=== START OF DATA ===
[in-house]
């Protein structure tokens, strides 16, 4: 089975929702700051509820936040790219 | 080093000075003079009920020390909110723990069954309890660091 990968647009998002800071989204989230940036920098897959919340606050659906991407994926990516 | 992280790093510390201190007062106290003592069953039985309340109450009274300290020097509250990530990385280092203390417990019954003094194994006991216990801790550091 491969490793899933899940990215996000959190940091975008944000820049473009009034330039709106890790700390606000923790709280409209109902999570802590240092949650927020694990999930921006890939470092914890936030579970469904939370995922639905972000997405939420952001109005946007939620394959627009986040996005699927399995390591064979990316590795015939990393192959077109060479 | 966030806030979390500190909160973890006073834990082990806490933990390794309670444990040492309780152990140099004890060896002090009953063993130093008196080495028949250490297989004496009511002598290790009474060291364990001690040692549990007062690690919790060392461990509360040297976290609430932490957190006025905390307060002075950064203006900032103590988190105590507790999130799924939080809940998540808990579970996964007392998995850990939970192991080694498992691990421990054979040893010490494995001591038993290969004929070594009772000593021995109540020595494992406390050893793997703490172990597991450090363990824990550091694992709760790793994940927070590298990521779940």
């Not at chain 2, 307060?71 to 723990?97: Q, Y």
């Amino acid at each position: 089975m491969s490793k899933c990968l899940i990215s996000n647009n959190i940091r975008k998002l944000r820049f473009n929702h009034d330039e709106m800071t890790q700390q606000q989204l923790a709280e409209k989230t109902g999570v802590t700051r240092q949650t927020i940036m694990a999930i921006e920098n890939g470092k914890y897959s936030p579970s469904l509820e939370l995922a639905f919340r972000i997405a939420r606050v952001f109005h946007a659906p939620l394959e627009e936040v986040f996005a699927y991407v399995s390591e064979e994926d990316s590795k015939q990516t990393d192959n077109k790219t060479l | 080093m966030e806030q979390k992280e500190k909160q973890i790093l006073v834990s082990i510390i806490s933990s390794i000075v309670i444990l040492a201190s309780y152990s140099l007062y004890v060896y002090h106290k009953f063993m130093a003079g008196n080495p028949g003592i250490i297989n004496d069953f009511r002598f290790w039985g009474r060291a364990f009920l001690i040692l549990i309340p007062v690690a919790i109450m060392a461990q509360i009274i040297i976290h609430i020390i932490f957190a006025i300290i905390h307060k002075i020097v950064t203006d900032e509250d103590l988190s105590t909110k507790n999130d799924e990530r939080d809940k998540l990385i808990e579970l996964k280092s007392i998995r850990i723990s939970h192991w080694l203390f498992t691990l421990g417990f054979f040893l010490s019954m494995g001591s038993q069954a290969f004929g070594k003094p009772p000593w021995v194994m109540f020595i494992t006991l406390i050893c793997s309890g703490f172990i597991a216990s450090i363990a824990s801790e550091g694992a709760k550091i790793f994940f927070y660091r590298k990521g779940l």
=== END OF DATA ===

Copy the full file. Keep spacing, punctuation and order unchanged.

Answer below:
[in-house]
């Protein structure tokens, strides 16, 4: 089975929702700051509820936040790219 | 080093000075003079009920020390909110723990069954309890660091 990968647009998002800071989204989230940036920098897959919340606050659906991407994926990516 | 992280790093510390201190007062106290003592069953039985309340109450009274300290020097509250990530990385280092203390417990019954003094194994006991216990801790550091 491969490793899933899940990215996000959190940091975008944000820049473009009034330039709106890790700390606000923790709280409209109902999570802590240092949650927020694990999930921006890939470092914890936030579970469904939370995922639905972000997405939420952001109005946007939620394959627009986040996005699927399995390591064979990316590795015939990393192959077109060479 | 966030806030979390500190909160973890006073834990082990806490933990390794309670444990040492309780152990140099004890060896002090009953063993130093008196080495028949250490297989004496009511002598290790009474060291364990001690040692549990007062690690919790060392461990509360040297976290609430932490957190006025905390307060002075950064203006900032103590988190105590507790999130799924939080809940998540808990579970996964007392998995850990939970192991080694498992691990421990054979040893010490494995001591038993290969004929070594009772000593021995109540020595494992406390050893793997703490172990597991450090363990824990550091694992709760790793994940927070590298990521779940």
């Not at chain 2, 307060?71 to 723990?97: Q, Y």
């Amino acid at each position: 089975m491969s490793k899933c990968l899940i990215s996000n647009n959190i940091r975008k998002l944000r820049f473009n929702h009034d330039e709106m800071t890790q700390q606000q989204l923790a709280e409209k989230t109902g999570v802590t700051r240092q949650t927020i940036m694990a999930i921006e920098n890939g470092k914890y897959s936030p579970s469904l509820e939370l995922a639905f919340r972000i997405a939420r606050v952001f109005h946007a659906p939620l394959e627009e936040v986040f996005a699927y991407v399995s390591e064979e994926d990316s590795k015939q990516t990393d192959n077109k790219t060479l | 080093m966030e806030q979390k992280e500190k909160q973890i790093l006073v834990s082990i510390i806490s933990s390794i000075v309670i444990l040492a201190s309780y152990s140099l007062y004890v060896y002090h106290k009953f063993m130093a003079g008196n080495p028949g003592i250490i297989n004496d069953f009511r002598f290790w039985g009474r060291a364990f009920l001690i040692l549990i309340p007062v690690a919790i109450m060392a461990q509360i009274i040297i976290h609430i020390i932490f957190a006025i300290i905390h307060k002075i020097v950064t203006d900032e509250d103590l988190s105590t909110k507790n999130d799924e990530r939080d809940k998540l990385i808990e579970l996964k280092s007392i998995r850990i723990s939970h192991w080694l203390f498992t691990l421990g417990f054979f040893l010490s019954m494995g001591s038993q069954a290969f004929g070594k003094p009772p000593w021995v194994m109540f020595i494992t006991l406390i050893c793997s309890g703490f172990i597991a216990s450090i363990a824990s801790e550091g694992a709760k550091i790793f994940f927070y660091r590298k990521g779940l």